Security is a Priority for Everyone, Not Just IT!

Dell Security Survey – VMUG Member Insights

With the continued threat of cyberattacks and ransomware events, cyber-security is top of mind for most IT personnel. There has been an increase in cyber threats, with more sophisticated attacks, becoming an increasing concern for IT departments. Seventy-four percent of IT decision makers see a greater risk with the growing trend for remote work. Their top concerns are malware, ransomware and protecting cloud-native apps. (Source: Dell Technologies Global Data Protection Index). Add to this, the average cost per company of data loss and downtime is approaching $1.5M, compounding the concerns for key stakeholders and decision makers. In some cases, the damage to the brand can’t be measured.

September 11, 2001, the World Trade Center attack resulted in significant impacts to IT infrastructure. This taught organizations to focus on disaster recovery. We duplicated our infrastructure and replicated it to off-site facilities, miles (even regions) away from onsite production.

Now, we still plan for physical disasters, but we must plan on cyber disasters, too. Security Operations (SecOps) are everyone’s responsibility. The data companies acquire is more important than ever, and protecting that data is crucial.

With this being a growing issue, and clearly a concern for so many IT professionals, what are we doing about it? Recently Dell Technologies sponsored a survey of your peers and VMUG members.

First, it is important to use a framework. Thirty-two percent (32%) of respondents said their company uses the NIST framework and 20% reported using the MITRE ATT&CK® framework. This is a good starting point of vetted processes to understand how your company matches up.

The National Institute of Standards and Technology (NIST) develops cyber-security standards, guidelines, best practices, and resources to meet the needs of U.S. industry, federal agencies, and the broader public. The NIST Framework Core is: Identify, Protect, Detect, Respond, Recover, as shown in the graphic below.

The MITRE ATT&CK® framework is largely a knowledge base of adversarial techniques. It does not focus on the tools hackers use, but how those tools and hackers interact with the system. The framework has a matrix that visualizes the relationship between tactics and techniques. You can learn more at their ATT&CK 101 Blog.

Having a Security Information Event Management (SIEM) solution is common. Over half (55%) of respondents are planning to use a purchased or an outsourced SIEM solution. These solutions allow for automating the analysis of multiple sources of data for 24×7 monitoring. A smaller number (13%) of respondents use an in-house-developed SIEM solution. Unless this is your core business or you have a specific use case, this is not recommended.

Surveyed peers and VMUG members reported that ‘disaster recovery and remediation practices’ (49%) are the top 2022 security initiatives, followed by the ‘ability to recover after a destructive cyber-attack’ (40%). This data supports the widely accepted view that a cyber-incident is a matter of when, not if. Our ability to recover from such an incident must be anticipated and planned. I agree with Dell’s point of view:

Cyber-resilience is the ability to maintain business continuity despite cyber-attacks. It encompasses the real-world view that, despite your best efforts, breaches may occur. And when that happens, your organization must be able to quickly recover lost or compromised data, restore system functionality and resume business activities.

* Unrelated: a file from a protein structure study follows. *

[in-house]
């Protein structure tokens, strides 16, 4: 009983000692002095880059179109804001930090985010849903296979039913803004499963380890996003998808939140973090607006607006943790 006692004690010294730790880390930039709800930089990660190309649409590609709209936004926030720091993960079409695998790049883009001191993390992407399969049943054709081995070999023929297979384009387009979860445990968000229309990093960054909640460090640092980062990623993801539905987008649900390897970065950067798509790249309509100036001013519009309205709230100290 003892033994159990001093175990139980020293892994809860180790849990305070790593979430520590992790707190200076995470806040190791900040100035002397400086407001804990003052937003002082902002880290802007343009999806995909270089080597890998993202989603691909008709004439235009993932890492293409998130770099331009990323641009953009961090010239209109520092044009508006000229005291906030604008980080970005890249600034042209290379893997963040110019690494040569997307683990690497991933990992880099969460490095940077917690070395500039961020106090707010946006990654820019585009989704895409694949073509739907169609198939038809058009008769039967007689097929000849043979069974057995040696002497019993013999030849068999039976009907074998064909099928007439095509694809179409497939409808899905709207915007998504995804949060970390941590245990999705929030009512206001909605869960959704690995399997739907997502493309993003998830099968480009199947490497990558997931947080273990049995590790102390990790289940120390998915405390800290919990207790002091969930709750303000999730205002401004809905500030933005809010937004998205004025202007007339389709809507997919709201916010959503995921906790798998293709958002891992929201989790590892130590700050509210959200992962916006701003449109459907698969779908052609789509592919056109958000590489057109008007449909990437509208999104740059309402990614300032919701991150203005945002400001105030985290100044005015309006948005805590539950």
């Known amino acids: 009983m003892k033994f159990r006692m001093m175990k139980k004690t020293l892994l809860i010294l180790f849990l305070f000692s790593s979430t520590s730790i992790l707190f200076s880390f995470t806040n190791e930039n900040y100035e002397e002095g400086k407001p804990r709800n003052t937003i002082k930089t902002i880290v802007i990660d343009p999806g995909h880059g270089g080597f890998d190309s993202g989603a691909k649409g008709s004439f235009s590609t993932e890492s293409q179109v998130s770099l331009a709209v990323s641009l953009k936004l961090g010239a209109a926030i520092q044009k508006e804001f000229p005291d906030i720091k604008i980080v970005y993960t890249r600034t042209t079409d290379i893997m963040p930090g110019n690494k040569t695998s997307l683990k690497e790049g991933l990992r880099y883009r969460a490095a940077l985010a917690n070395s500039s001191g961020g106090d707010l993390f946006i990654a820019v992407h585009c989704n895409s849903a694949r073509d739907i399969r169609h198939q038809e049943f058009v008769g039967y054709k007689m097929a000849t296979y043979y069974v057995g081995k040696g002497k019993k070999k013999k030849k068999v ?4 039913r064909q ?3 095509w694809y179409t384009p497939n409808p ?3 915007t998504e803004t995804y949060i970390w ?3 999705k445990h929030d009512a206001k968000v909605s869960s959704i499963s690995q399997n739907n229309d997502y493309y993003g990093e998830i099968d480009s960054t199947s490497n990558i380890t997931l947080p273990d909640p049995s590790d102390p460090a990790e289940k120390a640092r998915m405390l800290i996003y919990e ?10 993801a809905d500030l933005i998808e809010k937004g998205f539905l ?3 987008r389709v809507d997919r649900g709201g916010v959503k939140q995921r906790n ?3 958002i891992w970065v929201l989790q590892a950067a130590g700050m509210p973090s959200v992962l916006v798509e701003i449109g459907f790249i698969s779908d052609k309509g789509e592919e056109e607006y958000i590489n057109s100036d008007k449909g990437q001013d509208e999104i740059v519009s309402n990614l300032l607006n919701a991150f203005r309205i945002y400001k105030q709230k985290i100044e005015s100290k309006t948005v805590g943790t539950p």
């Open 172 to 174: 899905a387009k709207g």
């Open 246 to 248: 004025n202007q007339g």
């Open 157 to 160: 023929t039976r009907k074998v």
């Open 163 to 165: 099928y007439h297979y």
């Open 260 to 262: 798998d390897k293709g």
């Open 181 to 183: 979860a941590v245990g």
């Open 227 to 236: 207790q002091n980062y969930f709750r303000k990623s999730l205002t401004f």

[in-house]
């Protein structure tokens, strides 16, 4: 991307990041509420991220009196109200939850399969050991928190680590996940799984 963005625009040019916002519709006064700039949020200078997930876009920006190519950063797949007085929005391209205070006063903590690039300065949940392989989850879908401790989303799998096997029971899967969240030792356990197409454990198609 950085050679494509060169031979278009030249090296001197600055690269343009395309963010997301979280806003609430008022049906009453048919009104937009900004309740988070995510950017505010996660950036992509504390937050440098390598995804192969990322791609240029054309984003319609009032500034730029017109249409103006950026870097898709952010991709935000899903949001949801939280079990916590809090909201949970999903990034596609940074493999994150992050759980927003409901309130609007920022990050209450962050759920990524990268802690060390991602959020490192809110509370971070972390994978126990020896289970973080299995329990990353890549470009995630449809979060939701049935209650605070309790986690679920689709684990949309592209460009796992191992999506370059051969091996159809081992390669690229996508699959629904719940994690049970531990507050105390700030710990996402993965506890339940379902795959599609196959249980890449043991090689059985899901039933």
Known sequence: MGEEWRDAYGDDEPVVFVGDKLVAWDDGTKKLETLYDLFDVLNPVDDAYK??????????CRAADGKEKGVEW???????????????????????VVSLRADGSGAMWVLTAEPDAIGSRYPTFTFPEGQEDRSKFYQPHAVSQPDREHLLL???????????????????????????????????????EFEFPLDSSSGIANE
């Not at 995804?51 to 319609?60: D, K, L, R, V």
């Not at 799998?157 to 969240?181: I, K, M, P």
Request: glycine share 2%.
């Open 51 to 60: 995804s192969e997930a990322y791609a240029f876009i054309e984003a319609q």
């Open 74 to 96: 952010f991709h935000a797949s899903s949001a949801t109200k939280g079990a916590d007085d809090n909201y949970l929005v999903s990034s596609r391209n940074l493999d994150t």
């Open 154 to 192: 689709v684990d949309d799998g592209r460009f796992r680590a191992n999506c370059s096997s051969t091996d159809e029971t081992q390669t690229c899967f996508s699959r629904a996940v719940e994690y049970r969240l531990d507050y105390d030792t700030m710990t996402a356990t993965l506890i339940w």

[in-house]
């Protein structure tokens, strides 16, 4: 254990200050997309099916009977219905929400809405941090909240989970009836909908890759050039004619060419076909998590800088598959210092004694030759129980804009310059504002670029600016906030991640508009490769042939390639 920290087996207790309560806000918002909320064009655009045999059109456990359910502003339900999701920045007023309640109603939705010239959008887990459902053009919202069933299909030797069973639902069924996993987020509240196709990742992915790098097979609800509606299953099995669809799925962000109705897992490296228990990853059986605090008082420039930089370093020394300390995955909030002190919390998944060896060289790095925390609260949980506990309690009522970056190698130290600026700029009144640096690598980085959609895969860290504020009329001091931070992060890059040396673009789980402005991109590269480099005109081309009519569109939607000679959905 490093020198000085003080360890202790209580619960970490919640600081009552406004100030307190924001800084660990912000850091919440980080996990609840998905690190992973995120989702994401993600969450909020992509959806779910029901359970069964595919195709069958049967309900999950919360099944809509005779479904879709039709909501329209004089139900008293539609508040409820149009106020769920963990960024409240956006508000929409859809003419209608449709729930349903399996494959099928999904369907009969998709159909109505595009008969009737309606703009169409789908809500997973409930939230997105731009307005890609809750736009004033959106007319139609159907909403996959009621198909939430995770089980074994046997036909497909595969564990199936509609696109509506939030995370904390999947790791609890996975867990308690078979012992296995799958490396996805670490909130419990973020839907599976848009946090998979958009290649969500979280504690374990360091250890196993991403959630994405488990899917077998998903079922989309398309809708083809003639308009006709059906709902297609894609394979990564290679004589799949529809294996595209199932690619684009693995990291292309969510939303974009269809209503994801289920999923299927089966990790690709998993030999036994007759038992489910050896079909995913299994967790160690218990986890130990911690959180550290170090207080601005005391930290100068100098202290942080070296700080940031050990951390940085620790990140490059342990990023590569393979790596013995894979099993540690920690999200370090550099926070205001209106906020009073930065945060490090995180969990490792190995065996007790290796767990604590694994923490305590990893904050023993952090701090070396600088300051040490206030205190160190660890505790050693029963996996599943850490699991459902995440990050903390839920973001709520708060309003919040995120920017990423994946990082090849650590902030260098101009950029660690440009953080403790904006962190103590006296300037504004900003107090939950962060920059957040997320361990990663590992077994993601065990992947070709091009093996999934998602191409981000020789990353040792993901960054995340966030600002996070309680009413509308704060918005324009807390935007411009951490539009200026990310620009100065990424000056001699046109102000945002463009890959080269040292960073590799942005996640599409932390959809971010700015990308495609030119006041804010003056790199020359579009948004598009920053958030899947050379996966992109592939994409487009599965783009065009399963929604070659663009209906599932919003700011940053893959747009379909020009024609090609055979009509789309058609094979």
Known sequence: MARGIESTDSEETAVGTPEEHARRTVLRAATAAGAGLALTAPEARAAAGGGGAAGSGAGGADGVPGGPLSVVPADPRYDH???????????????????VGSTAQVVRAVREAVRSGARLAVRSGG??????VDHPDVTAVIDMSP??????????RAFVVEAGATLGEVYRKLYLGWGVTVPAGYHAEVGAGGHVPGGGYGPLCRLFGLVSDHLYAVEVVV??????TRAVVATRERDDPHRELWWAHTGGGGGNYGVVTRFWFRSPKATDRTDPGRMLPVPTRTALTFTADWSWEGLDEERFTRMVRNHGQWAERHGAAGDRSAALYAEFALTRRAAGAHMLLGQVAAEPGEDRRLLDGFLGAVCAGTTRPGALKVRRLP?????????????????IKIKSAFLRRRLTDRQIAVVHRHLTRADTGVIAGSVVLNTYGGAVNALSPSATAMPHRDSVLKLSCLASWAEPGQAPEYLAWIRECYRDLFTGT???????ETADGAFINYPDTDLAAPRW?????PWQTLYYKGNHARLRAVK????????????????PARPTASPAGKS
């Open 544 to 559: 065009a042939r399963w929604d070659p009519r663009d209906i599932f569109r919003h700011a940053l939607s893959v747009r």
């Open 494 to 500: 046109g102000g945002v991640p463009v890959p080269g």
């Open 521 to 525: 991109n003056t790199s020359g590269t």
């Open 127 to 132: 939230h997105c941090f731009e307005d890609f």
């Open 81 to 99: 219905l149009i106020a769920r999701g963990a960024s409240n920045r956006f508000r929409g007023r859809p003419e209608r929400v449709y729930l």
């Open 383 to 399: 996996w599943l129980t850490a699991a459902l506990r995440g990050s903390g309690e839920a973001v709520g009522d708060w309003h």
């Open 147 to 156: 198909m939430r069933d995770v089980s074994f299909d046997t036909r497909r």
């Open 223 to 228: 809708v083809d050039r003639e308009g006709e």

Members are following the NIST framework core plan to use automated detection and response, cloud-based security services, and managed security services to prepare (44%, 43%, 36% respectively). These top three can all be delivered as a service (aaS), allowing you to focus on your core business.

The top threat of concern is Ransomware/Malware (50%). One method for ransomware recovery is deploying an air-gap solution. While isolating your data from the internet adds protection, you still need to use advanced security technology. Dell’s Endpoint Security offers Full Air Gap mode allowing advanced threat protection, without requiring an internet connection.

The second concern is Phishing attacks (43%). A threat detection and response solution (TDR) is designed to help detect, investigate, and respond to phishing attacks. Managed Detection and Response (MDR) is a Managed Services Security Provider (MSSP) solution where the vendor does the monitoring for you. An attractive solution for many who cannot afford 24×7 monitoring. Dell and VMware have teamed up for an MDR solution that includes SecureWorks and VMware Carbon Black NGAV (Next-Generation Antivirus) solutions.

Just as internally managing Exchange has moved to aaS, companies are not handling security by themselves. Many (79%) say they will use a Managed Services Security Provider (MSSP) and 81% of those using a SIEM will use a third party. The top three reasons for using an MSSP (31% for each) are 24×7 endpoint security monitoring, threat detection and response, and vulnerability and patch management.

We all agree security is top of mind. And securing endpoints is at the top of security concerns. This blog just scratches the surface to protect endpoints. To find out more, consult these documents and solutions from Dell Technologies.

It’s important to note, security is not just a technical problem. It requires both a technical and non-technical solution that includes employee training, awareness, and testing. SecOps is everyone’s responsibility, even those not in IT.


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